After you’re done, lay out all the remaining tasks so you can look at all of them at once. What do these tasks say about the type of job you have? You might have a title and a job description that portray your job in one way, but the work you do tells a different story. Collectively, do the tasks you kept spark joy or contribute to a more joyful future? If, after tidying, you’re still feeling like your tasks are not moving you toward your ideal work life, I’ve got a few more tips below to make your job better.

If you’re satisfied with your pile of tasks, check in periodically to be sure you are continuing to achieve your ideal work life. For any new tasks that come your way, explicitly decide whether they are worth doing before accepting them. —Scott Sonenshein

Give Priority to the Activities That Spark Joy for You

Right now, my work sparks joy, but there was a time when my schedule was so packed, I was physically and mentally exhausted. It was in 2015, just after I was named one of Time magazine’s 100 Most Influential People, and I was inundated with offers from all over the world.

I accepted as many as I could, seeing them as a great opportunity to share the KonMari Method, but I also happened to be pregnant with my first child, and the pressure took a toll on my mind and body. Sometimes I couldn’t control my emotions and would burst into tears at the end of the day.


Finally, I realized that I simply couldn’t go on like this. That’s when I began changing the way I worked.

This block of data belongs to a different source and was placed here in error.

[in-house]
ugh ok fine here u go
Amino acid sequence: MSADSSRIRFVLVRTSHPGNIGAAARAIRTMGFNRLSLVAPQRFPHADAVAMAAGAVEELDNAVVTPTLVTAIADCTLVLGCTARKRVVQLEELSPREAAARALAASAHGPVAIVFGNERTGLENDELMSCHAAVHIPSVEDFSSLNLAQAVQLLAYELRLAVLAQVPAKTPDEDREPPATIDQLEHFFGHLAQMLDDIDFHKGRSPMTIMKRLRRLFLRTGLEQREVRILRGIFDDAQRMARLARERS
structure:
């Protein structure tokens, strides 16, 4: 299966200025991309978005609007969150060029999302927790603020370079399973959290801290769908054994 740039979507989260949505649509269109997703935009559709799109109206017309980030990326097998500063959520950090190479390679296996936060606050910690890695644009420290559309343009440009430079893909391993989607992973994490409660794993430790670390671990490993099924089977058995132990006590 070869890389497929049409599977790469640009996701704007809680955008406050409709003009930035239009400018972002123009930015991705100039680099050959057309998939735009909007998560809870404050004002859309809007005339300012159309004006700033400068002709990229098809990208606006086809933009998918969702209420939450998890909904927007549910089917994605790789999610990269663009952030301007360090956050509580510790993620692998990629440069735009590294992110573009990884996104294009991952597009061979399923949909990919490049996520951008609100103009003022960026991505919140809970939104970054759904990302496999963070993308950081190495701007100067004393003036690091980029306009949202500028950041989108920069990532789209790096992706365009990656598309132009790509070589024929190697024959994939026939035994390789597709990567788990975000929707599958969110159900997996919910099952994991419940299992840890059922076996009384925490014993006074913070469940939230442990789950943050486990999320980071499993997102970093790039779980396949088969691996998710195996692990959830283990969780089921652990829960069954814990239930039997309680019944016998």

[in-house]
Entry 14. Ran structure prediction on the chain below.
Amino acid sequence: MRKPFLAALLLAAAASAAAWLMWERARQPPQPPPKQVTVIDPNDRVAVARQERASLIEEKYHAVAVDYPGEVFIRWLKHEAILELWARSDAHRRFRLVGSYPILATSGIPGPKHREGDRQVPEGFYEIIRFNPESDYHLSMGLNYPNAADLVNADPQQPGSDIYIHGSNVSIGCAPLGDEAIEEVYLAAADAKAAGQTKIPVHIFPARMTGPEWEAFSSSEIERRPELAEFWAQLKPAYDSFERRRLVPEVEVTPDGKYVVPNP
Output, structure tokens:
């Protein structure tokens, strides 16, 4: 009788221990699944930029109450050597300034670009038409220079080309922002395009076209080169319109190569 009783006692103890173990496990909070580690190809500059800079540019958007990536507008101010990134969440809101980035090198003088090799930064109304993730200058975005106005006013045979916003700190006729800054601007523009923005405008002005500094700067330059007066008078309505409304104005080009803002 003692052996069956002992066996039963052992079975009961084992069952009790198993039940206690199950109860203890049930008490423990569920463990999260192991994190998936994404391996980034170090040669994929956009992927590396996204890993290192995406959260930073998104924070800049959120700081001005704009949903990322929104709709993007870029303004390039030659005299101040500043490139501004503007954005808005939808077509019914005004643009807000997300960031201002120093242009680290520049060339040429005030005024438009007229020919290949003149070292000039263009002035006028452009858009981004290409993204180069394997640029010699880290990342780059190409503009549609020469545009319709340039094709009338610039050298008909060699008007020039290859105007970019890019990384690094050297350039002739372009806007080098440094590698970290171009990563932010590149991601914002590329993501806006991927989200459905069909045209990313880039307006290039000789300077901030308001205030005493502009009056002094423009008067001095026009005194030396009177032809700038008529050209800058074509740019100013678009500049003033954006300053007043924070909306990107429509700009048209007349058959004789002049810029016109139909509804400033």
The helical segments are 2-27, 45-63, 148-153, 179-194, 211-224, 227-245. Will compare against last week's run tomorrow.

My goal in my work is to share the KonMari Method worldwide and help as many people as possible learn to choose joy in their lives through tidying up. But I can’t possibly teach others how to spark joy in their lives if I’m not experiencing it in my own.

Since I had that epiphany, I’ve made it a point to prioritize time for joy in my life, especially when I’m busy. I deliberately schedule in time for things I enjoy or want to do, such as:

  • Being with family
  • Brightening up my home with flowers
  • Enjoying a relaxing cup of tea
  • Getting a massage when I’m tired

These help me to regain my inner balance so that I can return to work refreshed and filled with positive energy. In our busy contemporary world, many of us give priority to our work at the expense of our lives, just as I once did. If that is true for you, my message is this: Make your own physical and emotional well-being top priority.

A jam-packed schedule and work overload lead to burnout. We’re not going to be inspired with brilliant ideas or achieve good results when we’re totally drained. Even if we love our work, we’ll start to hate it and find it hard to keep going.


The first step is to make time to refresh and rejuvenate. Then plan your schedule so that you can work efficiently the rest of the time. In the long run, it’s more productive to approach our work with joy and ease of mind. —Marie Kondo

Excerpted from JOY AT WORK © 2020 by KonMari Media Inc. and Scott Sonenshein. Used with permission of Little, Brown and Company, New York. All rights reserved.